Well, each wizard starts the game with nine cards, numbered (shockingly enough) from one to nine. Each slice of cake will be decided over the course of three duels, where the wizards will secretly choose three of their cards and lay them face down. This means that all of their cards will be played out in three sets of three, and once this is done it’s time to reveal what spells have been unleashed. One by one, the duels are resolved as the players flip their cards and total up the values. Whoever has the highest amount is a step closer to sweet victory, and if you manage to win two duels the slice is all yours.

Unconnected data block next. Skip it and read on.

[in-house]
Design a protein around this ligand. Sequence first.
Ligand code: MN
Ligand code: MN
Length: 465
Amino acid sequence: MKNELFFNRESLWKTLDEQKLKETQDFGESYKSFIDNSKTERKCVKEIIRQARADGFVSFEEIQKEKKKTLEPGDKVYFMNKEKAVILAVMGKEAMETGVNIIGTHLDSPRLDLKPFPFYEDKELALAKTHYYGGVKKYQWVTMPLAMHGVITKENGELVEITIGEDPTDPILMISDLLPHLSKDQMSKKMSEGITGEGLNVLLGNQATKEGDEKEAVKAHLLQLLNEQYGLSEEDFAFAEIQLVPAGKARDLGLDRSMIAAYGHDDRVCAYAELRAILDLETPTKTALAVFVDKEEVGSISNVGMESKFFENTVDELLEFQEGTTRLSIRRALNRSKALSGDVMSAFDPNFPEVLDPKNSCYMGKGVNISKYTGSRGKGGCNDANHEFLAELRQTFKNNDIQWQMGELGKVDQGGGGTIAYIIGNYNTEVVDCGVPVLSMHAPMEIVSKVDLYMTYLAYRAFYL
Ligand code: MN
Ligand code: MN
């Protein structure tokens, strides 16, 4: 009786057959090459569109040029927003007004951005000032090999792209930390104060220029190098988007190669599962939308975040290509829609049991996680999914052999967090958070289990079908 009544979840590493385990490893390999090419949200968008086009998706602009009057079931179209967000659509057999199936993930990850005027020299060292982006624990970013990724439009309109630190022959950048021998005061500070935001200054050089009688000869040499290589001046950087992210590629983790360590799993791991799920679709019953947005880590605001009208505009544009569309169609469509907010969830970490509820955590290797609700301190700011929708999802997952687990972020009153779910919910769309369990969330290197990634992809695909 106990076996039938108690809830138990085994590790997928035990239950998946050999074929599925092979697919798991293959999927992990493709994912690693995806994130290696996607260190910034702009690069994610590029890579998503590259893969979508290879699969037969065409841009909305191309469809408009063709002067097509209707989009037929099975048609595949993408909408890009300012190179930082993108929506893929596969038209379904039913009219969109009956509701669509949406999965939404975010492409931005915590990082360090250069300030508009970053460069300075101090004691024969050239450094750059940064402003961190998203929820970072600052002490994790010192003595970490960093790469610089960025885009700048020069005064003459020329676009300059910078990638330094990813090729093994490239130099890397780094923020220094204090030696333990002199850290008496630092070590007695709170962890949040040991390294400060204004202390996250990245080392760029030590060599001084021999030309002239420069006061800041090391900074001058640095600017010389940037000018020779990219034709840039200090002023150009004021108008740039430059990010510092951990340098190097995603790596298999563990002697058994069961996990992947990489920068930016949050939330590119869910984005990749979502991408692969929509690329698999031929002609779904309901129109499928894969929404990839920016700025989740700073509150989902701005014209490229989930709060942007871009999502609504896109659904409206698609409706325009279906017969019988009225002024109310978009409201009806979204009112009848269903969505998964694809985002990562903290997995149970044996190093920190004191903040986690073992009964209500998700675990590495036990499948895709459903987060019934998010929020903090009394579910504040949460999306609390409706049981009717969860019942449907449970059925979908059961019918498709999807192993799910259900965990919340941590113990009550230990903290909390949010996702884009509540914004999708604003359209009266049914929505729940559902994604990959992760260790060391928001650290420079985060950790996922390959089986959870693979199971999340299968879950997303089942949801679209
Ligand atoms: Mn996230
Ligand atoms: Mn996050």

So far, so simple – but there’s also a twist. Should you win a slice, the card representing it comes to your hand. Wizards can only hold nine cards though, so your highest value spell is discarded from the game. The cake cards are double sided so your opponent knows precisely which duel you’re using them in, putting the question in their mind: have they played this valueless card alongside a couple of low points cards, effectively conceding that duel, or are they attempting to lull you into believing that but actually going for some higher values in a bit to win the duel? Greedy Wizards is filled with moments like this, loads of “if you do that, then I should do this, but then what happens when this happens?”. There are few games that I’ve played where I’ve found myself second guessing so much, especially when you’re a couple of rounds in and can see where your opponent has placed their cake cards. This simple mechanism adds another layer of horrible strategy in this nasty, wonderful little game.